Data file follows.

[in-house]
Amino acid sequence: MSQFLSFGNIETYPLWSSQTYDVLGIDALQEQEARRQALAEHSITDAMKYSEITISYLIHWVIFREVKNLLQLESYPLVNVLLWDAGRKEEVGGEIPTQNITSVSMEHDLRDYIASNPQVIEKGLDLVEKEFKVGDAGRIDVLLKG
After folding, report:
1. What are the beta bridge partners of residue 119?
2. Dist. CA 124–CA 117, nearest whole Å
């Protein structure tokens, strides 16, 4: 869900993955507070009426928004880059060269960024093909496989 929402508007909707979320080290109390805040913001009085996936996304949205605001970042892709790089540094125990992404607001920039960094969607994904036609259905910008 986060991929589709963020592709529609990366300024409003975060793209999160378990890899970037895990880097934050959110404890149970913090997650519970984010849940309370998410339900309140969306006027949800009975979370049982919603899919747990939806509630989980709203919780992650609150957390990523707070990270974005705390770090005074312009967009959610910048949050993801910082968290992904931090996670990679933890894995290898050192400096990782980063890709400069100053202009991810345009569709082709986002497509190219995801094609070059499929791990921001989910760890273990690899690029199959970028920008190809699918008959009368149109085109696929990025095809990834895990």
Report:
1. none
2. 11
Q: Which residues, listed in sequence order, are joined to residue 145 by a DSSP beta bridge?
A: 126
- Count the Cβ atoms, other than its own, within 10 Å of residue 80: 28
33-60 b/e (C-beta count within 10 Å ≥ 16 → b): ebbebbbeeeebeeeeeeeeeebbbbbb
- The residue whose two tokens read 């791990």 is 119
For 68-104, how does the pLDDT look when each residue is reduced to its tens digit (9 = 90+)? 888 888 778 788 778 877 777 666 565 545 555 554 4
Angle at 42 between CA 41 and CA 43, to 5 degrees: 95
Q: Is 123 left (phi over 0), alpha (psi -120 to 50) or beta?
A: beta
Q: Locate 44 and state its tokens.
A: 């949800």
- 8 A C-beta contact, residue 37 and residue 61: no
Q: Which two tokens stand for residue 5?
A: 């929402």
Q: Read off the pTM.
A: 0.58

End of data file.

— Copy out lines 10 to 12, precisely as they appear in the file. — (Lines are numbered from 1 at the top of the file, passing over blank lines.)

Q: Which residues, listed in sequence order, are joined to residue 145 by a DSSP beta bridge?
A: 126
- Count the Cβ atoms, other than its own, within 10 Å of residue 80: 28